It’s interesting that you bring that up because I’m curious what your feelings are on the NYC music scene now versus in the late '80s/early '90s? Did you ever think Brooklyn would be the center of the indie rock universe? Well I didn’t hang out in Brooklyn back then, I was totally a Manhattan girl and I was a Lower East Sider, I grew up there. And you had the East Village in the 90’s with Gabby growing up on St. Mark’s Place, so that was our home region. But I think as Manhattan became very commercialized a lot of people came to Brooklyn and thought, “Ahhh!” When I first came to—well I’m not going to say where I live because that would be too much personal information—but parts of Brooklyn feel like old New York. What I mean by old New York is free of banks and drug stores being everywhere. There were all these tiny little businesses and you still find them in the East Village.

But as anyone who lives here knows, there’s a lack of the small, funky, cool little businesses that were so amazing about New York. Those are kind of getting swallowed up and now people are trying to bring them back. It is really sad to go to a neighborhood and see bank, drug store, bank, drug store. So Brooklyn feels to me like the old New York, parts of it, and I like all the stuff going on here. I like small businesses, the artisanal stuff; I like it, I’m happy to be here.

You guys hung out with the Beastie Boys back in the day and were on their label. How did the passing of MCA affect you personally and as a group? We were really sad obviously. We didn’t have any idea how bad it was, he was very private and it was pretty devastating. We have a song on the album, which I wrote the lyrics for, about him, called "We Go Back," so that song is about loss in general. I mean it is about him, but it could be about any kind of loss, just the loss of a person. When you’re young with someone you never think about your mortality, so that sort of was something I thought about, when we were all running about in the city together as teenagers and going out to clubs and doing that whole downtown thing. We were just high on life and that’s why when he died, I was like 'he’s a piece of that young time.' I don’t associate that time with death, so it was very shocking and for all of us it was just those blues for a while, thinking how could this happen. So I don’t think any of us have really fully processed it.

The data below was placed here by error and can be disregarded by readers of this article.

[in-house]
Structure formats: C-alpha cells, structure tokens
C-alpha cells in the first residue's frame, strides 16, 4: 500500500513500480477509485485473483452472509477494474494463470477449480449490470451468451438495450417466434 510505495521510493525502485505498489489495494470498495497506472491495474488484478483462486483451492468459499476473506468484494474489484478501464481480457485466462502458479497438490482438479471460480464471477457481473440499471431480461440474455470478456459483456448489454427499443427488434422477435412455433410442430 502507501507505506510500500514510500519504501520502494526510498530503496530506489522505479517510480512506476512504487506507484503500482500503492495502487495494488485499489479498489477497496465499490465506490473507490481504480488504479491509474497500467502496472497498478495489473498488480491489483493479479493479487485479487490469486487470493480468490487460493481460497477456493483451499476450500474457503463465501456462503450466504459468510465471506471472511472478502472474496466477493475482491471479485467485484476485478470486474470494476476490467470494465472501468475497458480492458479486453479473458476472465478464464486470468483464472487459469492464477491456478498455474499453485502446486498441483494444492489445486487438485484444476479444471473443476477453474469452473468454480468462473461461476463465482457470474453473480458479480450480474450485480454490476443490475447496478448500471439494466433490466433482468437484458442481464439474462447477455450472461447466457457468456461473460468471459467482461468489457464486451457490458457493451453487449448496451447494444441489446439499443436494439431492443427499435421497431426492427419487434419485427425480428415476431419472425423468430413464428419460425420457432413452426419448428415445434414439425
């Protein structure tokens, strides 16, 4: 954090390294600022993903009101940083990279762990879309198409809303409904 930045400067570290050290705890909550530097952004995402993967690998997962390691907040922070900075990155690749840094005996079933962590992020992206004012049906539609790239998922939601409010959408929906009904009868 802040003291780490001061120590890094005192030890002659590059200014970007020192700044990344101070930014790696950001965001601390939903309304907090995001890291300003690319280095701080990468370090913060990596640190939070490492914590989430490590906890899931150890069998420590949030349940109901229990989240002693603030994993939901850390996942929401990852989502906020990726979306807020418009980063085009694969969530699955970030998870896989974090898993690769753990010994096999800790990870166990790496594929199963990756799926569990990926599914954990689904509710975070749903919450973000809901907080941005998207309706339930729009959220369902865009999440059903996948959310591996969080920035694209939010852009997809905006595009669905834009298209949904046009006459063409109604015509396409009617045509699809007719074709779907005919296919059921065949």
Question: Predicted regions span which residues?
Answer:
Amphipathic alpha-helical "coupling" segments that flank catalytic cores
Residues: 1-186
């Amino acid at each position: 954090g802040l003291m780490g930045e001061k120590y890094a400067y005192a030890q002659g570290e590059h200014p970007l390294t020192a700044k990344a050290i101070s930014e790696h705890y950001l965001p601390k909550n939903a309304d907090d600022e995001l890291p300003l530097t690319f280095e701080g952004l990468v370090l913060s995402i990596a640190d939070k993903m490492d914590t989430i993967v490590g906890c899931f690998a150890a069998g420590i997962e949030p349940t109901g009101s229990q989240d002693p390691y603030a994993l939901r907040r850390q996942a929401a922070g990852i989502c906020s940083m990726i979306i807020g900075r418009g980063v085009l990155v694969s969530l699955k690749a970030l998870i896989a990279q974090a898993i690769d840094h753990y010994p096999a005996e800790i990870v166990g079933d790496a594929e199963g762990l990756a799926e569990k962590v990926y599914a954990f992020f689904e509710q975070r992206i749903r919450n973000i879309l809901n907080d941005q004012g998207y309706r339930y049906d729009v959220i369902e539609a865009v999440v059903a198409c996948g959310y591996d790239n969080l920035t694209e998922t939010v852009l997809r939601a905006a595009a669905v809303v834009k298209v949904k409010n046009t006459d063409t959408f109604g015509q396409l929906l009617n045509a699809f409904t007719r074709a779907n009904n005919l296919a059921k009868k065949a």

In terms of something a little brighter, the band is doing a Letterman appearance on November 18th, are you guys excited for that? Yes, so excited. A great thing was we sent out our press release and they just came right back, and were like, “We love this song.” It was such a validation, I guess, it’s such a nice thing, because we are self-releasing through our own label. So it makes you see that there are individual people in all these places and if they like something, they’re going to put it on. It’s not just this huge, “Oh you have to go major labels to get this and that,” you know? So that’s really nice, and we’ve played there a lot of times I feel like, so there’s all the history there. We’re playing "Show Us What You Got," which was our first song we put out.

Our publisher here at Gothamist—who grew up in Park Slope—is very fond of speaking of nostalgia in pejorative terms, but if you could look back on your catalog what might be your favorite song or what song you are most proud of writing? Well I’m probably most proud of writing "Naked Eye" because it was something that again just flowed out and I liked the way that it worked in terms of the public. I’ve been songwriting for a long time inside the band so I’m kind of into the technical stuff, the songwritery stuff. So for me that’s probably my favorite. I just like the way the harmony and the melodies work and the verses are more rhythmic and the chorus is really melodic. I don’t know what Gabby’s favorite one was, but of Gabby’s lyrics my favorite was "City Song," which is the song I mentioned earlier about walking in New York, and that was a pretty iconic moment for us.

So what does the future hold in store for Luscious Jackson? We don’t know, we’d love to make more records. This is a big exciting thing, we did this album over the last year with the pledge music drive, we found ways to release ourselves through Tunecore and other different media. The industry has changed and it’s become doable, so that leaves a lot of opportunity for a very open future. You know, you used to have to jump through hoops, people had to sign you to something to even distribute your music. That really blocked a lot of people and now that’s basically gone.

Obviously we’re very open-minded and we want to do some shows, we want to get out there and reintroduce ourselves to our fans and new people. I feel like we hear the music in the hipster spots, so I think there’s sort of the younger crowd learning about us now, so that’s really exciting. We feel connected to a lot of music that’s out right now, so that’s great. It’s like the blend we were going for back then, a lot of people are doing that blending now, it’s more accepted.

What kinds of band do you feel connected to? I feel connected to Santigold, I feel connected to Haim, sometimes MIA, Icona Pop. Those are some good ones, just in terms of sound and some of the vibes.